While the bill SB3, a new legislation to allow electric automakers to sell directly to consumers in Connecticut, appeared to have died during the weekend after bill sponsor Bob Duff said that his caucus was divided on the issue and that he didn’t have the votes:
“I think the car dealers and others have been very effective in lobbying in their favor. We’ll come back again and try in another year.”
Now in a last-ditch effort as the legislative deadline approaches on Wednesday night, Tesla offered the state a new distribution center with 150 jobs to sweeten the deal. Expand Expanding Close
For the second year in a row, Tesla tried to pass a bill sponsored by Senate Majority Leader Bob Duff, D-Norwalk in Connecticut, to allow the sale of electric vehicles directly to consumers without having to go through the franchise dealerships model. Last week, the bill SB3 was in consideration and awaiting a vote in the state Senate, but it is now officially dead following an impressive lobbying campaign led by GM and the local dealership association.
The electric automaker is currently entrenched in several battles over its business model of selling directly to consumers without a third-party dealership. While it is not an issue in most of its markets, Tesla is not allowed or under restrictions to sell its cars in several states including Arizona, Michigan, Texas, Connecticut, Utah and West Virginia. Expand Expanding Close
Tesla is currently facing strong opposition from the dealership lobby in Connecticut over a new legislation that would allow the automaker to sell directly to consumers in the state. The bill SB3 is currently in consideration and awaiting a vote in the state Senate. It would enable Tesla to open up to 3 stores in the state.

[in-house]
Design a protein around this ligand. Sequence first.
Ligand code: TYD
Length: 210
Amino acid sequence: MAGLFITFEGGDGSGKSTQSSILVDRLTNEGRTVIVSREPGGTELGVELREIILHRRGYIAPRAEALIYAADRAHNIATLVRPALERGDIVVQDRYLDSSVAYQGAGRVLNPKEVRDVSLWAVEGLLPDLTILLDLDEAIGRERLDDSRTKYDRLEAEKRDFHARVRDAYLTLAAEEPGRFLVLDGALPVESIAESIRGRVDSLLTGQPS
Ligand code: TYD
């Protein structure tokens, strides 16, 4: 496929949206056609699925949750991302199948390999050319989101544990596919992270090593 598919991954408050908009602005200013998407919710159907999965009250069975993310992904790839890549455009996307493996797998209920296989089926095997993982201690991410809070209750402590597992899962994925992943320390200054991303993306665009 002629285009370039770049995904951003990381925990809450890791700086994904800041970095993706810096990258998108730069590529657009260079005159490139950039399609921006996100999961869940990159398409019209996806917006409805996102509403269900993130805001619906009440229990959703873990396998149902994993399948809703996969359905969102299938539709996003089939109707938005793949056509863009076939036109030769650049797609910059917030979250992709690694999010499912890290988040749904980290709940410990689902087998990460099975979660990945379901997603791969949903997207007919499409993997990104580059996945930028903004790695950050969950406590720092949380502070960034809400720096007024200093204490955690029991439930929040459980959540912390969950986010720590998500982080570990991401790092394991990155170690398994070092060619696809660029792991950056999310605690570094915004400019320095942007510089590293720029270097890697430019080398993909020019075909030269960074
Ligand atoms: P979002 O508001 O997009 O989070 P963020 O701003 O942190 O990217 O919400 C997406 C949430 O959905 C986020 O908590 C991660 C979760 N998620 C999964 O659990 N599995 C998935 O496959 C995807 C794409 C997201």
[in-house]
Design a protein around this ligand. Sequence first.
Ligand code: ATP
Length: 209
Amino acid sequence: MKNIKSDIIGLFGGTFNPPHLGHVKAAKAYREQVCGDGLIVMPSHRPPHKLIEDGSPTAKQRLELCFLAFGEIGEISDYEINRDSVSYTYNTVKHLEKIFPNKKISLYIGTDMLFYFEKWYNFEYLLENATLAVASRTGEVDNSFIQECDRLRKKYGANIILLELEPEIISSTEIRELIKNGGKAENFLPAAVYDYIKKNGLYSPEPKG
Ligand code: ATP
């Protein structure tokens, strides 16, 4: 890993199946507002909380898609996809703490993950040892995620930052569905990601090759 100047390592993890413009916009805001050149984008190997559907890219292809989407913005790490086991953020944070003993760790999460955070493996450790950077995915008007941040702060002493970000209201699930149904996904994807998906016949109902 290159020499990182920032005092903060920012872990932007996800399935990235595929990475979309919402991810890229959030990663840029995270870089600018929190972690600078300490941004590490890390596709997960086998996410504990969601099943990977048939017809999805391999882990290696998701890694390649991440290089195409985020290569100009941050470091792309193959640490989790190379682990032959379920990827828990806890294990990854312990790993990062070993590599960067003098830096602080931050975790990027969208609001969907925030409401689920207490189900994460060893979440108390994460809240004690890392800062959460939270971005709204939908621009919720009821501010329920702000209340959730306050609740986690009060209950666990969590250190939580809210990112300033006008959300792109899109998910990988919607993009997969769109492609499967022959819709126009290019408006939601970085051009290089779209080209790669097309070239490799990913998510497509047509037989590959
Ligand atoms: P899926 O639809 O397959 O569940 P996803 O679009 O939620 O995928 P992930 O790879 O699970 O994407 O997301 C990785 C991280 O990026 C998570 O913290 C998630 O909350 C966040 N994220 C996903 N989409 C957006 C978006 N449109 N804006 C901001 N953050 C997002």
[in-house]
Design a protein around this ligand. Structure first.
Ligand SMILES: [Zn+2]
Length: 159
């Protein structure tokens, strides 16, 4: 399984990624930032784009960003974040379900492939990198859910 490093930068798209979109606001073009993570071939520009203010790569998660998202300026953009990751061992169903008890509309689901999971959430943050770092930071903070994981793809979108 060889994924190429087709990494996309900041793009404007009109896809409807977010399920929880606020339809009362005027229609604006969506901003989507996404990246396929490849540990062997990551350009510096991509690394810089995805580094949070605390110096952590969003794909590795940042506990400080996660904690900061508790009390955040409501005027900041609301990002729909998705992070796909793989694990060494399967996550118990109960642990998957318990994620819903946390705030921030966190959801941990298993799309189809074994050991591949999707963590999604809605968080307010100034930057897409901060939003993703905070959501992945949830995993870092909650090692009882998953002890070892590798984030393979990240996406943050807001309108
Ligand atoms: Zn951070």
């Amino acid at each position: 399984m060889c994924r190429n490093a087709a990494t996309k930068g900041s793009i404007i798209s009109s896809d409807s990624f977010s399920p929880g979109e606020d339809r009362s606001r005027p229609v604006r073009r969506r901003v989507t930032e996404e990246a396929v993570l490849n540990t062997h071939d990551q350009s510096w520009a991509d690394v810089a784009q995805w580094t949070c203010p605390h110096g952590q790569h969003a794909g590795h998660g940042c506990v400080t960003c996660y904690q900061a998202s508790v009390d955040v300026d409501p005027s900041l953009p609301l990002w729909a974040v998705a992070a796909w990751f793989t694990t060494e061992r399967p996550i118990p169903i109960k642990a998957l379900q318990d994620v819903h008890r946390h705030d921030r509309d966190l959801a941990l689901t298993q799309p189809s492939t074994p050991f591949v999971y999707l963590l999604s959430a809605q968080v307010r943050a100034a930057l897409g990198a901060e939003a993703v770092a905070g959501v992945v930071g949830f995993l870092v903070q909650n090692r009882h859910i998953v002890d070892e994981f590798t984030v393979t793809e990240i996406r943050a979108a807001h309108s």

This week Tesla published the results of a survey showing strong support for its direct sales business model in the state, but the Connecticut Automotive Retailers Association is challenging the relevance of the survey. Expand Expanding Close
Following a unanimous approval of the Planning and Zoning Board of Appeals last week, Tesla is going forward with its first gallery in Connecticut even though the direct sales bill to allow the automaker to sell its cars in the state is still pending.
A bill proposed by Senate Majority Leader Bob Duff to allow electric vehicle makers in Connecticut to bypass direct sales laws and sell directly to consumers, also called the “Tesla bill”, has been “overwhelmingly endorsed” by the transportation committee on Monday. The legislation will now be moving to the state senate for a vote. Expand Expanding Close
After a small win in Indiana, where a state Senate committee decided to table for further review a bill that would have prohibited Tesla to sell its cars directly to consumers and forced them to go through third-party auto dealerships, the automaker is readying to challenge the states of Utah and Connecticut over similar direct sale laws.
Connecticut Senate Majority Leader Bob Duff introduced a bill that would allow electric car manufacturers to sell their vehicles directly to Connecticut consumers. The bill would represent a compromise similar to agreements Tesla has in other states like New Jersey or New York, where the automaker is limited to a certain number of stores, in the case of Connecticut, it would be three stores across the state. Expand Expanding Close